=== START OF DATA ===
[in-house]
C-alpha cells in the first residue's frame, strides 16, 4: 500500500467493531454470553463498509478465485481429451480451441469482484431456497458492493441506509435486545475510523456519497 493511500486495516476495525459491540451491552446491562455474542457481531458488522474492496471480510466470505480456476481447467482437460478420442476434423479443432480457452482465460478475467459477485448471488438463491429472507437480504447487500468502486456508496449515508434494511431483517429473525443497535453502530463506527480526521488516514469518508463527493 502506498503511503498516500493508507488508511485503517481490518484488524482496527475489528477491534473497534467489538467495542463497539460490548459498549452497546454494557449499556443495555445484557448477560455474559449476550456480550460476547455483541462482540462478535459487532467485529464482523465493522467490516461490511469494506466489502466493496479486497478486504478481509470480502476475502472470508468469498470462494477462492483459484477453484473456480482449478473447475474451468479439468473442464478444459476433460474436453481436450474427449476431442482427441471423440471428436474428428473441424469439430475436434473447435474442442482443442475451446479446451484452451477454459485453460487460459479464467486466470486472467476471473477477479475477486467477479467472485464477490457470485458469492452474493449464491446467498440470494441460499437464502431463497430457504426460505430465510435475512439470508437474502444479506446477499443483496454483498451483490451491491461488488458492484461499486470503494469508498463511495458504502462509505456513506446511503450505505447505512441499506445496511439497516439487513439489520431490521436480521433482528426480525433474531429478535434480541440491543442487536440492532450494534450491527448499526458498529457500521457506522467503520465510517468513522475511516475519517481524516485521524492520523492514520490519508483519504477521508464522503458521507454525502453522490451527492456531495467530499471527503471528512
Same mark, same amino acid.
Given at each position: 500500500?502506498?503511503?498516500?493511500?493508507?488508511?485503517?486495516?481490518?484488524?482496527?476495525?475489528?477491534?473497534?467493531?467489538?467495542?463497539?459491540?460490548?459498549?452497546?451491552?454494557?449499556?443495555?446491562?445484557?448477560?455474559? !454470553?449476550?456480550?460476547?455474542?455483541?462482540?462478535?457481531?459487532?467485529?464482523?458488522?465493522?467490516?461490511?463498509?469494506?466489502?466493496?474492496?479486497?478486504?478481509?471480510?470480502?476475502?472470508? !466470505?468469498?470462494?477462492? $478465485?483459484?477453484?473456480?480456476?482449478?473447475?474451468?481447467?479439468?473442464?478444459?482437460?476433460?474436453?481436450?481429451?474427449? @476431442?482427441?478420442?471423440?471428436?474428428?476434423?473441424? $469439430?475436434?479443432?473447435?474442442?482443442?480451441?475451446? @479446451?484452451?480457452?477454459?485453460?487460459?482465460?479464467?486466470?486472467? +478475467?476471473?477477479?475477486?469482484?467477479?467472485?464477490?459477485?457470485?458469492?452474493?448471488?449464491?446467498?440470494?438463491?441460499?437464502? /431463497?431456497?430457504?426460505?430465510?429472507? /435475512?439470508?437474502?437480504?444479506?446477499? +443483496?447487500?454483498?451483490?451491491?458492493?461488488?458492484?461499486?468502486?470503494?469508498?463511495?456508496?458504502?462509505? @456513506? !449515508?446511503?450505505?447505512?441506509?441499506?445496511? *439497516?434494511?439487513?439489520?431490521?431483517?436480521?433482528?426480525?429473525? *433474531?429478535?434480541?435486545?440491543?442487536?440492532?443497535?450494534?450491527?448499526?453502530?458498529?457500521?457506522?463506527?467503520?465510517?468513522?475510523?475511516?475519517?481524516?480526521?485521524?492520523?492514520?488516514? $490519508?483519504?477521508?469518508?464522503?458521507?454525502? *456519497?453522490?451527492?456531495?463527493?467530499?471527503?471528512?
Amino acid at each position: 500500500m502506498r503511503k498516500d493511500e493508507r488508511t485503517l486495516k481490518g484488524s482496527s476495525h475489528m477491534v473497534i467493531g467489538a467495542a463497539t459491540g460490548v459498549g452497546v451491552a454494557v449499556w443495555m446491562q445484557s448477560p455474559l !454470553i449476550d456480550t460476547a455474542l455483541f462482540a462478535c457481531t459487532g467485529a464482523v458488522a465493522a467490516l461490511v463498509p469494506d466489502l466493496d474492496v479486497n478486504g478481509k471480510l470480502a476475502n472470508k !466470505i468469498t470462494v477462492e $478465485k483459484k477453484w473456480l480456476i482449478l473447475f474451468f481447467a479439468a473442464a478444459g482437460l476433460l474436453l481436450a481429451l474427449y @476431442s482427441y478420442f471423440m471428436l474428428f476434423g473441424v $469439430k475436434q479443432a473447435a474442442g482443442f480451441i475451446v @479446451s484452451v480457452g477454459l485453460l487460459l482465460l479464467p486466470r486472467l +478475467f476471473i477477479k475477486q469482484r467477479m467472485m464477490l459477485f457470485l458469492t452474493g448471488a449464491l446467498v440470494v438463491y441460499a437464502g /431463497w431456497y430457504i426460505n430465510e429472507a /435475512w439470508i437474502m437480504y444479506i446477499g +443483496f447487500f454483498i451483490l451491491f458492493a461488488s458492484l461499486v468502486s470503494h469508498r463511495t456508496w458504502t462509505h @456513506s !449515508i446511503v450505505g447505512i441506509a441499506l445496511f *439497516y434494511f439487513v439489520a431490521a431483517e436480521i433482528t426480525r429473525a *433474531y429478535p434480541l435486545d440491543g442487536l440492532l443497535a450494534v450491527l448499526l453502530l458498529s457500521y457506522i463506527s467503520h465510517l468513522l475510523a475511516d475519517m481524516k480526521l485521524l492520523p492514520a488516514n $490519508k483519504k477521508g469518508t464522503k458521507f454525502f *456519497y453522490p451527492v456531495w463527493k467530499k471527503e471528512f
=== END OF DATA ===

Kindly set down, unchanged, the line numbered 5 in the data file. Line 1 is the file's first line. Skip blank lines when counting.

Amino acid at each position: 500500500m502506498r503511503k498516500d493511500e493508507r488508511t485503517l486495516k481490518g484488524s482496527s476495525h475489528m477491534v473497534i467493531g467489538a467495542a463497539t459491540g460490548v459498549g452497546v451491552a454494557v449499556w443495555m446491562q445484557s448477560p455474559l !454470553i449476550d456480550t460476547a455474542l455483541f462482540a462478535c457481531t459487532g467485529a464482523v458488522a465493522a467490516l461490511v463498509p469494506d466489502l466493496d474492496v479486497n478486504g478481509k471480510l470480502a476475502n472470508k !466470505i468469498t470462494v477462492e $478465485k483459484k477453484w473456480l480456476i482449478l473447475f474451468f481447467a479439468a473442464a478444459g482437460l476433460l474436453l481436450a481429451l474427449y @476431442s482427441y478420442f471423440m471428436l474428428f476434423g473441424v $469439430k475436434q479443432a473447435a474442442g482443442f480451441i475451446v @479446451s484452451v480457452g477454459l485453460l487460459l482465460l479464467p486466470r486472467l +478475467f476471473i477477479k475477486q469482484r467477479m467472485m464477490l459477485f457470485l458469492t452474493g448471488a449464491l446467498v440470494v438463491y441460499a437464502g /431463497w431456497y430457504i426460505n430465510e429472507a /435475512w439470508i437474502m437480504y444479506i446477499g +443483496f447487500f454483498i451483490l451491491f458492493a461488488s458492484l461499486v468502486s470503494h469508498r463511495t456508496w458504502t462509505h @456513506s !449515508i446511503v450505505g447505512i441506509a441499506l445496511f *439497516y434494511f439487513v439489520a431490521a431483517e436480521i433482528t426480525r429473525a *433474531y429478535p434480541l435486545d440491543g442487536l440492532l443497535a450494534v450491527l448499526l453502530l458498529s457500521y457506522i463506527s467503520h465510517l468513522l475510523a475511516d475519517m481524516k480526521l485521524l492520523p492514520a488516514n $490519508k483519504k477521508g469518508t464522503k458521507f454525502f *456519497y453522490p451527492v456531495w463527493k467530499k471527503e471528512f